A LEADING critic of having a Plan B route to independence has criticised the SNP for rejecting a motion calling for a back-up strategy should Boris Johnson continue to refuse a referendum.

Pete Wishart, the SNP's longest serving MP, retweeted an article from The National reporting the rejection by the party to include the motion at its conference next month.

He wrote this morning: "This is a mistake. We need this damaging debate concluded so we can unite around an agreed way froward."

The Perth and North Perthshire MP is regarded as one of the most vocal critics of Plan B.

In June he said a proposed route to independence which would avoid a Westminster veto should be "put to bed" - amid fears it could force Scotland into a "hellish limbo" like Catalonia.

He argued that such a route to independence would in effect mean declaring "some sort of Unilateral Declaration of Independence".

READ MORE: Scottish independence: 'Plan B' motion rejected for SNP conference vote

"My little bit of advice to my good friends in the ‘Plan B movement’ is to at least come up with some sort of concrete proposal so we can have some idea what it is we are supposed to debate," he wrote on his blog.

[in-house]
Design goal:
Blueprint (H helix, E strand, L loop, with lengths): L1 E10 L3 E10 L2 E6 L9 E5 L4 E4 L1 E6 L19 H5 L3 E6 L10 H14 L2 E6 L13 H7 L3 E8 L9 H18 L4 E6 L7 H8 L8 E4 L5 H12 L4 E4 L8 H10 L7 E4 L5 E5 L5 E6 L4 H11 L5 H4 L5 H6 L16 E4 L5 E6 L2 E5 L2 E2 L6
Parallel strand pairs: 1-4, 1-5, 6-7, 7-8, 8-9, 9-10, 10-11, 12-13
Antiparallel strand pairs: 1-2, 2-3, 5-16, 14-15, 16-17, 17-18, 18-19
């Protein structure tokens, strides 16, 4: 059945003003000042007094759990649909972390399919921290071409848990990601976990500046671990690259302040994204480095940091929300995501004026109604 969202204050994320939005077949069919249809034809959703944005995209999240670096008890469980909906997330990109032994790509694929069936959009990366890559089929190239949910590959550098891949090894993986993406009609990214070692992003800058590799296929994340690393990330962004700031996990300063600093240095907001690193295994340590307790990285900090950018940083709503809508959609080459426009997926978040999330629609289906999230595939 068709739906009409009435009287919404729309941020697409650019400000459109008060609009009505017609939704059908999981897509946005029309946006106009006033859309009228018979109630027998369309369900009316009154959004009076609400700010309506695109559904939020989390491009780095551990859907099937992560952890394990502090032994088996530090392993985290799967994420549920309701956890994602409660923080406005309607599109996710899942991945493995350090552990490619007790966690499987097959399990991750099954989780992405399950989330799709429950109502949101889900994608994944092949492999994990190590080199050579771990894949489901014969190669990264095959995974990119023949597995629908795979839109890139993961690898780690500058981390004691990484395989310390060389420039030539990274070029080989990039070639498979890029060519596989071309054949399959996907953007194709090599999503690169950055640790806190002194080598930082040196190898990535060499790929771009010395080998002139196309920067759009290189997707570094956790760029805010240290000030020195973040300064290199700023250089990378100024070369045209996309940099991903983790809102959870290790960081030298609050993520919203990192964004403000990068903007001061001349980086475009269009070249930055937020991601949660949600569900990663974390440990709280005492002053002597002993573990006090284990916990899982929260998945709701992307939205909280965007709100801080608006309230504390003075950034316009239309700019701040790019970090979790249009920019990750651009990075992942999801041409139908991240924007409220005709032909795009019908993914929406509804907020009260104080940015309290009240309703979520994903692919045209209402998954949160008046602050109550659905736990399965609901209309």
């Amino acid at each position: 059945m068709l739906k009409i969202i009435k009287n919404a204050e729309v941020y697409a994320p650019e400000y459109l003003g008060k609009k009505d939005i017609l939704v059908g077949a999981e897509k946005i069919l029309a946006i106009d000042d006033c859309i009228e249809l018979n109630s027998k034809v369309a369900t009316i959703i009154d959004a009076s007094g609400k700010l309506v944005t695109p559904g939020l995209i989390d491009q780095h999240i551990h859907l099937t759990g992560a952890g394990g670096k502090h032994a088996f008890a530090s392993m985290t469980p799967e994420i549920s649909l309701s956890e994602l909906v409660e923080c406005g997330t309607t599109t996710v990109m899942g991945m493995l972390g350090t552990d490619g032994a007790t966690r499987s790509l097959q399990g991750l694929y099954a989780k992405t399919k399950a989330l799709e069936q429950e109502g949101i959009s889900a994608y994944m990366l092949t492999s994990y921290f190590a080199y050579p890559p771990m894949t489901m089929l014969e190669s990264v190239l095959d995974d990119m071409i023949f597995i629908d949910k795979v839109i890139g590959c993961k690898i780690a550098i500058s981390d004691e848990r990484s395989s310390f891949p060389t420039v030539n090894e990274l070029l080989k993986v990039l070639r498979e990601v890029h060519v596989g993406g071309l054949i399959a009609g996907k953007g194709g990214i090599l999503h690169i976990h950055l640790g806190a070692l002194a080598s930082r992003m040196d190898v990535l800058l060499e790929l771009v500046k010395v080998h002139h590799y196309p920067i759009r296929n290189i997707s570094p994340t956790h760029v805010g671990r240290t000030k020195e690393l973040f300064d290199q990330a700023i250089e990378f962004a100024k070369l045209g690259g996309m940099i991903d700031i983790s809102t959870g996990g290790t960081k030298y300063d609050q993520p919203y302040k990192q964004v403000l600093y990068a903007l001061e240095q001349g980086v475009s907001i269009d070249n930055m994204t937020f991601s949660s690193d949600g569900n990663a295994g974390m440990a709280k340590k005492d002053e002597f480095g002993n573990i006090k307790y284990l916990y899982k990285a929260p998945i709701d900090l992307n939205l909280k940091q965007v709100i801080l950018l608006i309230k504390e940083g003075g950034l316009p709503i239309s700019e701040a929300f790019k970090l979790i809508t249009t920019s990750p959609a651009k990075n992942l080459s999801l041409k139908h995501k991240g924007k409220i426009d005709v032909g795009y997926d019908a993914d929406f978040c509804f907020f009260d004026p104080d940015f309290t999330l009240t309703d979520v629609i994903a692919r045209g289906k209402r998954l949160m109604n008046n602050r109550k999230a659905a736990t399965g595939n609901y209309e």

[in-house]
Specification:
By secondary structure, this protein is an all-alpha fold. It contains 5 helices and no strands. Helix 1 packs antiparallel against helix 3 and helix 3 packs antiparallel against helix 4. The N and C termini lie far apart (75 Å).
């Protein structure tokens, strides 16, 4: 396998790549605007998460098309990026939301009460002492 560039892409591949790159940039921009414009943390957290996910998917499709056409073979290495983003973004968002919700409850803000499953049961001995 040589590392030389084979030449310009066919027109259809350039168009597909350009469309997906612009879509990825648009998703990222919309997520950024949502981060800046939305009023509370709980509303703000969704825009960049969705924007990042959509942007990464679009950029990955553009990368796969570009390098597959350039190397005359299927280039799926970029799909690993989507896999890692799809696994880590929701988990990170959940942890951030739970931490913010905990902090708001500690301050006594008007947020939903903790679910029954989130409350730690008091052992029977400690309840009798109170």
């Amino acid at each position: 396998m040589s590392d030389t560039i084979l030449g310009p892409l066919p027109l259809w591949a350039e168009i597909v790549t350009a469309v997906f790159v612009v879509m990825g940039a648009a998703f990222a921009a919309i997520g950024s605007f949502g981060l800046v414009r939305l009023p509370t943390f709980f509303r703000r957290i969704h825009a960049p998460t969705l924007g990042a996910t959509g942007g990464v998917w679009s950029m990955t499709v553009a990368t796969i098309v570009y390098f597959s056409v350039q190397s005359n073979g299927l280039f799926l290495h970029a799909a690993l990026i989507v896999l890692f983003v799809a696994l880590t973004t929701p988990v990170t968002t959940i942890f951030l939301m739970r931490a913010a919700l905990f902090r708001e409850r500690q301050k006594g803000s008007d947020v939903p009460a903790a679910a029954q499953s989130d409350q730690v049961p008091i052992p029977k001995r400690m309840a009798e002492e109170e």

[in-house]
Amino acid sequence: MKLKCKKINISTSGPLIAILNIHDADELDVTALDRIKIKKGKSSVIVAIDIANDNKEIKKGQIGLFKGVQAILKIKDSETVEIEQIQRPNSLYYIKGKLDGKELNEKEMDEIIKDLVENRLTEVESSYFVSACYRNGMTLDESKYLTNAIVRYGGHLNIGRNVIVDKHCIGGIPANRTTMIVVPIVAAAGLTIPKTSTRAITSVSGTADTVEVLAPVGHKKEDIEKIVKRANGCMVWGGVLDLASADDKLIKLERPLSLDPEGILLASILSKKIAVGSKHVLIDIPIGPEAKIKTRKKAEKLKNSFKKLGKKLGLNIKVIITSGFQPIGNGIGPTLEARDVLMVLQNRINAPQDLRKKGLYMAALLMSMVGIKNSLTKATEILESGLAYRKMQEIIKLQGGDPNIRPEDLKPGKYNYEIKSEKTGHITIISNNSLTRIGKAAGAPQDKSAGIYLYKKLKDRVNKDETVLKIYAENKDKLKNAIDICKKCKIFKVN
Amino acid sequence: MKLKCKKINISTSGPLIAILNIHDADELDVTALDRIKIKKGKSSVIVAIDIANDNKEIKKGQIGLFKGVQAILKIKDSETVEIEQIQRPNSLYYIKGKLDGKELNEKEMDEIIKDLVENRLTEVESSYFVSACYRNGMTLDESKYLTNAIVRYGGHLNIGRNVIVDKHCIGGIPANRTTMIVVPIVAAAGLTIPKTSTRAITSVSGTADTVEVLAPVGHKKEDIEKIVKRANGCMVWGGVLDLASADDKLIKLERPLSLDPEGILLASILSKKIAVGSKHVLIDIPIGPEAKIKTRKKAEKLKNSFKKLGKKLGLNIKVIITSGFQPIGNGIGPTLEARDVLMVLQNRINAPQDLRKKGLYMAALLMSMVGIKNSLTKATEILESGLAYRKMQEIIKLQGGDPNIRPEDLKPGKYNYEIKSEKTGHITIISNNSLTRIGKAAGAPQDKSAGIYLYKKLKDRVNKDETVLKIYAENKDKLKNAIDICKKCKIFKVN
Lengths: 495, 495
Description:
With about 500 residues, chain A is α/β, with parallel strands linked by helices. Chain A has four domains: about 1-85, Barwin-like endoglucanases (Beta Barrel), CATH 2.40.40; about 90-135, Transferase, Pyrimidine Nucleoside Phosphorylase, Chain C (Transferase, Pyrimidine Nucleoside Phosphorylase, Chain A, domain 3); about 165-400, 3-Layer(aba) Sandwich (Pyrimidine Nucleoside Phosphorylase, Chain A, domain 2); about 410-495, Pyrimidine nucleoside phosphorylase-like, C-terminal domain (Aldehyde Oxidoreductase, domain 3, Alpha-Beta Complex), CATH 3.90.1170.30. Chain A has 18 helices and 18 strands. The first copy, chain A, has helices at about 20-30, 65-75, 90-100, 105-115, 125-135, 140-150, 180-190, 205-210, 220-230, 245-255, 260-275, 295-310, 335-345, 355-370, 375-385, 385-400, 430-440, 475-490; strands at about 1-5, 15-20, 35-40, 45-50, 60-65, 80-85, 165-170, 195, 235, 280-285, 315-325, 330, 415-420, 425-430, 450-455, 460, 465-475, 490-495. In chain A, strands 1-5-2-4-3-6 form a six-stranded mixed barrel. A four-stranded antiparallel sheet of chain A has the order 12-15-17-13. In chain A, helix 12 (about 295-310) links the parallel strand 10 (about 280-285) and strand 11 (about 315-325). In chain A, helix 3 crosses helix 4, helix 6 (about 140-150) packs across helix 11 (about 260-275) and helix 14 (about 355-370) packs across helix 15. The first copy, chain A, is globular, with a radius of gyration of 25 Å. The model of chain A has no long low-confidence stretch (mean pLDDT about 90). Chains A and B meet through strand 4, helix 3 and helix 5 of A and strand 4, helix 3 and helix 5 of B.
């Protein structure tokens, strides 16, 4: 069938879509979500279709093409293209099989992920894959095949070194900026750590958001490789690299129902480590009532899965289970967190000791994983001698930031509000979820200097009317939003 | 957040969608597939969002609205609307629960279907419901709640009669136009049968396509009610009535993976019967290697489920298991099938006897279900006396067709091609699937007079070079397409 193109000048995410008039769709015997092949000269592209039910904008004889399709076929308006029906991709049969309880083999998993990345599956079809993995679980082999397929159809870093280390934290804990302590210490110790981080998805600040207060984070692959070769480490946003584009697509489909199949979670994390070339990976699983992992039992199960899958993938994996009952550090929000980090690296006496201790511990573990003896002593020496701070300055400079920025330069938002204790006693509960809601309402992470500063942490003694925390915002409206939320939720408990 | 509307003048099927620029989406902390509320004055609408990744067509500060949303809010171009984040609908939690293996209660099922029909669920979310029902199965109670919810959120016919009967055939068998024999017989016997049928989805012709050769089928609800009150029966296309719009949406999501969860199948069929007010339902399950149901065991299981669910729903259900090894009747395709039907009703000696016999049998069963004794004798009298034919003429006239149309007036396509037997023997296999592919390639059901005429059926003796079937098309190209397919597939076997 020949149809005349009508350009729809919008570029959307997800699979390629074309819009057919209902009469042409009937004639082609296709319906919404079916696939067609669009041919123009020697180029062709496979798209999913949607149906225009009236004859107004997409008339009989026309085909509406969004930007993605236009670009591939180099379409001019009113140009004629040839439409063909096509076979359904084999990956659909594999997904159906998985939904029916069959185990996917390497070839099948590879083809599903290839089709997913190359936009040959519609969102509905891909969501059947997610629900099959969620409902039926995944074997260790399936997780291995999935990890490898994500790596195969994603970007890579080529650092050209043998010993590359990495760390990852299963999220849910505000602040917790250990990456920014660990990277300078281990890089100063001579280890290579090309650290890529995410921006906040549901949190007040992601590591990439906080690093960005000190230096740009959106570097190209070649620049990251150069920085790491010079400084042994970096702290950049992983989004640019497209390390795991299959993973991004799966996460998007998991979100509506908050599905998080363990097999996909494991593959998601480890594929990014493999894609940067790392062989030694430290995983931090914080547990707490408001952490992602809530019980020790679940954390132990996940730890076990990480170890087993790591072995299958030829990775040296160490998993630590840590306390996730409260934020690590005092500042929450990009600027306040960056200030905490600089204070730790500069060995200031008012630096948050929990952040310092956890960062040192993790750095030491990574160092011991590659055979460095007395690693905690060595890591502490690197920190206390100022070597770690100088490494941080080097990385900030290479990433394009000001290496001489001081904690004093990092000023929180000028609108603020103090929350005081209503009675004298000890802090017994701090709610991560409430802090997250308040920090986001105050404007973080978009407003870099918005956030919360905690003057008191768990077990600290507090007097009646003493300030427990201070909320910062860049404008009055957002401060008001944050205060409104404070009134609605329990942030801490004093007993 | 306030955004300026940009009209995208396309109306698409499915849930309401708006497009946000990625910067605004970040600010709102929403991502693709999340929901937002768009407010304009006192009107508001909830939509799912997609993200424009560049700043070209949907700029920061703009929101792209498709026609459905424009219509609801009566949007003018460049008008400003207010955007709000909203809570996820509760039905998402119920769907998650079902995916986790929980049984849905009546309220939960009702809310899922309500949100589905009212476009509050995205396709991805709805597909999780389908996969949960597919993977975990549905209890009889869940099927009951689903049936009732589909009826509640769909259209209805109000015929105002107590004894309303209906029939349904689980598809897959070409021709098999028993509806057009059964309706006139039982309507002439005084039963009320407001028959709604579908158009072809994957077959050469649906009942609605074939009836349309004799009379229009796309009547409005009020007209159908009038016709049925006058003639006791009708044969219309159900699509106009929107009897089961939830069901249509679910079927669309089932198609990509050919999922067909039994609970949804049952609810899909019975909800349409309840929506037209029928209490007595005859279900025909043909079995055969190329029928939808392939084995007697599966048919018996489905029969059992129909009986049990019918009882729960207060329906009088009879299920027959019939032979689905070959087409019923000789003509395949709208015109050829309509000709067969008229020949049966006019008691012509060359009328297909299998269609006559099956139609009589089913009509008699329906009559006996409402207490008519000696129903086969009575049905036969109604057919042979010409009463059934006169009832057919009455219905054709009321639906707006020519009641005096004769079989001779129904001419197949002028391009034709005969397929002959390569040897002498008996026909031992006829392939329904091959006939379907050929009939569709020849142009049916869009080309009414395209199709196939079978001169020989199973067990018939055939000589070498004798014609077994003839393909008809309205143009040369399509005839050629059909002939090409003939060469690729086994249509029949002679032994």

"Just 'doing it anyway' means we would be doing something broadly similar to what Catalonia did when they ‘won’ their uncontested referendum – without actually winning a referendum! This would in effect mean we would be declaring some sort of Unilateral Declaration of Independence (UDI).

"The consequences of that could not be more serious. Almost certain to be one of the first things to happen is that we would have all of this immediately ruled illegal and be disenfranchised from the entire international community. We would be left in the sort of hellish limbo currently endured by the people of Catalonia."

A proposed motion by Angus MacNeil MP and councillor Chris McEleny had been put to the SNP's conference committee which draws up the event's agenda.

They failed to get their resolution on the agenda last year but tried again hoping a second attempt would be successful.

First Minister and SNP leader Nicola Sturgeon is wary of any Plan B route, and wants an approach which would follow the process behind the 2014 vote.

She has also cautioned activists against straying from this model, warning that it could lead to a result which was not recognised by the UK or the wider international community.

The SNP's online conference is being held from November 28 to 30.